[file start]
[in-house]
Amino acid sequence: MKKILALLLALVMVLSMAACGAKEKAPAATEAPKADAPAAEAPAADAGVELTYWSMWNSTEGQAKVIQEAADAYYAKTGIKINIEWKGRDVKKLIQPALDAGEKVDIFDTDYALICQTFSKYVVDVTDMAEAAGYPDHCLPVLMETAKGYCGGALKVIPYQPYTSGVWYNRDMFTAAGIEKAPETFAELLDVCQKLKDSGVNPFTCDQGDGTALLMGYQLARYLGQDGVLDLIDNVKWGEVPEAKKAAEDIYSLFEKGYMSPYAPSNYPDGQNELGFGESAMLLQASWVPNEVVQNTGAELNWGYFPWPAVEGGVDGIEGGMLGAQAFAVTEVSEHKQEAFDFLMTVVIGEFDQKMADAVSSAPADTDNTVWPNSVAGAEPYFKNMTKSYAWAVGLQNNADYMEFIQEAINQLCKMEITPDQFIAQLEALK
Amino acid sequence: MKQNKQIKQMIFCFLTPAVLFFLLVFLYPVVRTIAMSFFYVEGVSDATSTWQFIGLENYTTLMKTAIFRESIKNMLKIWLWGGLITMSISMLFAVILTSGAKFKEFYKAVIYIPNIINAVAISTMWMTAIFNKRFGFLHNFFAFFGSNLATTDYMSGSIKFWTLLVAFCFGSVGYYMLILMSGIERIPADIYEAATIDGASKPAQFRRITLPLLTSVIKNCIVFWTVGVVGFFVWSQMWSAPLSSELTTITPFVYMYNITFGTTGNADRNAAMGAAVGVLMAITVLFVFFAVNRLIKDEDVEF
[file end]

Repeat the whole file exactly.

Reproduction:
[in-house]
Amino acid sequence: MKKILALLLALVMVLSMAACGAKEKAPAATEAPKADAPAAEAPAADAGVELTYWSMWNSTEGQAKVIQEAADAYYAKTGIKINIEWKGRDVKKLIQPALDAGEKVDIFDTDYALICQTFSKYVVDVTDMAEAAGYPDHCLPVLMETAKGYCGGALKVIPYQPYTSGVWYNRDMFTAAGIEKAPETFAELLDVCQKLKDSGVNPFTCDQGDGTALLMGYQLARYLGQDGVLDLIDNVKWGEVPEAKKAAEDIYSLFEKGYMSPYAPSNYPDGQNELGFGESAMLLQASWVPNEVVQNTGAELNWGYFPWPAVEGGVDGIEGGMLGAQAFAVTEVSEHKQEAFDFLMTVVIGEFDQKMADAVSSAPADTDNTVWPNSVAGAEPYFKNMTKSYAWAVGLQNNADYMEFIQEAINQLCKMEITPDQFIAQLEALK
Amino acid sequence: MKQNKQIKQMIFCFLTPAVLFFLLVFLYPVVRTIAMSFFYVEGVSDATSTWQFIGLENYTTLMKTAIFRESIKNMLKIWLWGGLITMSISMLFAVILTSGAKFKEFYKAVIYIPNIINAVAISTMWMTAIFNKRFGFLHNFFAFFGSNLATTDYMSGSIKFWTLLVAFCFGSVGYYMLILMSGIERIPADIYEAATIDGASKPAQFRRITLPLLTSVIKNCIVFWTVGVVGFFVWSQMWSAPLSSELTTITPFVYMYNITFGTTGNADRNAAMGAAVGVLMAITVLFVFFAVNRLIKDEDVEF